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Oct 19, 2016
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It can be tempting to pull out protruding nose hair. But if you can help it, please resist.

Nose hair, or vibrissae, plays a vital role in filtering foreign particles entering the nasal cavity.

"It is the first line of defense against airborne pathogens like bacteria, fungi, spores and other debris," explains Dr. Willie E. de la Cruz, an ear, nose, throat-head and neck surgeon at the Our Lady of Lourdes Hospital in Sta. Mesa, Manila. "Nose hair also provides additional humidity to the inhaled air and conditions it before entering the lungs. As air passes through the nasal cavity, the mucus and hair produce heat and moisture."

The network of nerves surrounding a nasal hair follicle gives signals to the body about the environment. Therefore, plucking your nose hair the wrong way wouldn't just cause pain, but will also affect your overall health.

Dr. de la Cruz reveals that infection in this area of the face can even caused death.

"Removal of nasal hair by pulling can leave wounds for bacteria to enter. Many carry Staphylococcus aureus, which could access small openings that can cause life-threatening brain infections. Methicillin-resistant Staphylococcus Aureus (MRSA) which is more difficult to control and kill because of drug resistance. So pulling your nose hair can be a dance with death," warns Dr. de la Cruz.

The doctor says that you should be aware of the "Triangle of Death," an area of the face whose apex is the point at bridge of the nose in between the eyes to the corners of the mouth. Blood from this point flows directly to the cavernous sinus at the base of the brain; infection caused by tweezing may reach that region and form a blockage that can cause bigger problems.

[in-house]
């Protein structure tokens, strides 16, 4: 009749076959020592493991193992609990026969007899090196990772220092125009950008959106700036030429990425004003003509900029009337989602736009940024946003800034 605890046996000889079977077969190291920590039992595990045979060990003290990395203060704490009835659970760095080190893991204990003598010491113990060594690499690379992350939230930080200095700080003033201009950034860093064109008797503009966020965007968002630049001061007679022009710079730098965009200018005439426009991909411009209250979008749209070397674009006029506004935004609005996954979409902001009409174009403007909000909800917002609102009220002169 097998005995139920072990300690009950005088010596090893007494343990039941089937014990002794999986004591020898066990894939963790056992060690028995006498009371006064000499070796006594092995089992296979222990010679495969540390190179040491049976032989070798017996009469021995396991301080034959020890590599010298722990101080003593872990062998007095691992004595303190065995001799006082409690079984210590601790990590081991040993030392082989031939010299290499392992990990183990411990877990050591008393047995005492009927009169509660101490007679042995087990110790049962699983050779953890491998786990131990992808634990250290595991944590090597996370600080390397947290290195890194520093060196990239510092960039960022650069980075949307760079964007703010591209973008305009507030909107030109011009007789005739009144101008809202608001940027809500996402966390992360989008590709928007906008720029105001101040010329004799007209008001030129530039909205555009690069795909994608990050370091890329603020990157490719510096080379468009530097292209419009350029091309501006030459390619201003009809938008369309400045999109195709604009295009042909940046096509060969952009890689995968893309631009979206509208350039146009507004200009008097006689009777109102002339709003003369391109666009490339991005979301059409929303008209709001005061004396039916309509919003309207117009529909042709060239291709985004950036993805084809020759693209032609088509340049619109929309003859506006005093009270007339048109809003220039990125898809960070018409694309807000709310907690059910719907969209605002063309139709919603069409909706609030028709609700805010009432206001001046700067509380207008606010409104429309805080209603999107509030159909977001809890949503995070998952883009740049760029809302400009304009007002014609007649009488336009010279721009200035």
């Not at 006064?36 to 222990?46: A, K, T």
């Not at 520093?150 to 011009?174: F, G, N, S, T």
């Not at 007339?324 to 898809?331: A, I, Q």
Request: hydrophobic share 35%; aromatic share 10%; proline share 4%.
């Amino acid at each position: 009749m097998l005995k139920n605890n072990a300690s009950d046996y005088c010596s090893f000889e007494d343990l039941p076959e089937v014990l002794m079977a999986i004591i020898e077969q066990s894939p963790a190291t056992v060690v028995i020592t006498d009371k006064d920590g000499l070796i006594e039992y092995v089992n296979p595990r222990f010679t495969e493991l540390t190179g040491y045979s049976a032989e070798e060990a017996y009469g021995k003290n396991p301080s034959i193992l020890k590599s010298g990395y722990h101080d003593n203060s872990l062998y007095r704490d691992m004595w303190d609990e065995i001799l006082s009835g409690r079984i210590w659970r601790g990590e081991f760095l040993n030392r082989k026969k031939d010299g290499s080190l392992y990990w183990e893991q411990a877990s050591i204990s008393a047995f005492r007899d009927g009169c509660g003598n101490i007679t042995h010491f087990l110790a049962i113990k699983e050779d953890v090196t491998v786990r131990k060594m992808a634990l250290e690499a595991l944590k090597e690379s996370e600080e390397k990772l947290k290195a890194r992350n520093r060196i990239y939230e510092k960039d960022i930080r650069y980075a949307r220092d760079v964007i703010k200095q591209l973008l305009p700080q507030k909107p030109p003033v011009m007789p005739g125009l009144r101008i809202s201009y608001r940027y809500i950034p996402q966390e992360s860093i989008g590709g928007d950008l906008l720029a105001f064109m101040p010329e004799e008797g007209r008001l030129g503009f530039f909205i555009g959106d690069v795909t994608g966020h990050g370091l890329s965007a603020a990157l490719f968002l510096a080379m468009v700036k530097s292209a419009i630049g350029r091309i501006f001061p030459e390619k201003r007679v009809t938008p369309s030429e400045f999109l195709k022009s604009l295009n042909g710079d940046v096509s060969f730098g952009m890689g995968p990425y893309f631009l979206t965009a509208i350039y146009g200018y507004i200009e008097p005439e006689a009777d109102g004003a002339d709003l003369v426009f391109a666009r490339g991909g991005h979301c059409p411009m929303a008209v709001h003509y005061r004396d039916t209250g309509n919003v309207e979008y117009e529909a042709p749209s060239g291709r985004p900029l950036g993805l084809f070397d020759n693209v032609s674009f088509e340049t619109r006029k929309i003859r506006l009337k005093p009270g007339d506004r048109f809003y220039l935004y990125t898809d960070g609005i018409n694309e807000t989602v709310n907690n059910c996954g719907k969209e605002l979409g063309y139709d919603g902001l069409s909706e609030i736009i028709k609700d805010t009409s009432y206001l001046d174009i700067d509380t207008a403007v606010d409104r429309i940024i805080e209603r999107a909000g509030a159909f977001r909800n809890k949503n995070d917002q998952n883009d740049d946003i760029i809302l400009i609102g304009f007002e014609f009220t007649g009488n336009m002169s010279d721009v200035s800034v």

If you can't take the sight of unwanted hair, the safest thing to do is to trim anything that grows beyond the entrance of the nose.

"We can safely trim longer [nose] hair without affecting the filtering ability. We can use nasal hair trimmers or scissors with rounded tips. This is the perfect tool you can use without damaging the lining of the nostril," says Dr. de la Cruz.

Or, opt for manual or battery-powered nose hair trimmers.

"Always clean and sterilize the instruments for nose hair trimming with soap and water. Alcohol is also a good antiseptic. Should you get injured in the process, it is advisable to place topical antibiotics especially if the skin in the area becomes bruised or cut," tells Dr. de la Cruz.

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For more on this and other ENT concerns, you may visit Wilfredo E. de la Cruz, MD, at Our Lady of Lourdes Hospital, Dr Juan J. de la Cruz Medical Specialists, or 480 Boni Avenue Mandaluyong City. He is a Diplomate: Philippine Board of Otolaryngology-Head and Neck Surgery and Life Fellow: Philippine Society of Otolaryngology-Head and Neck Surgery.

 

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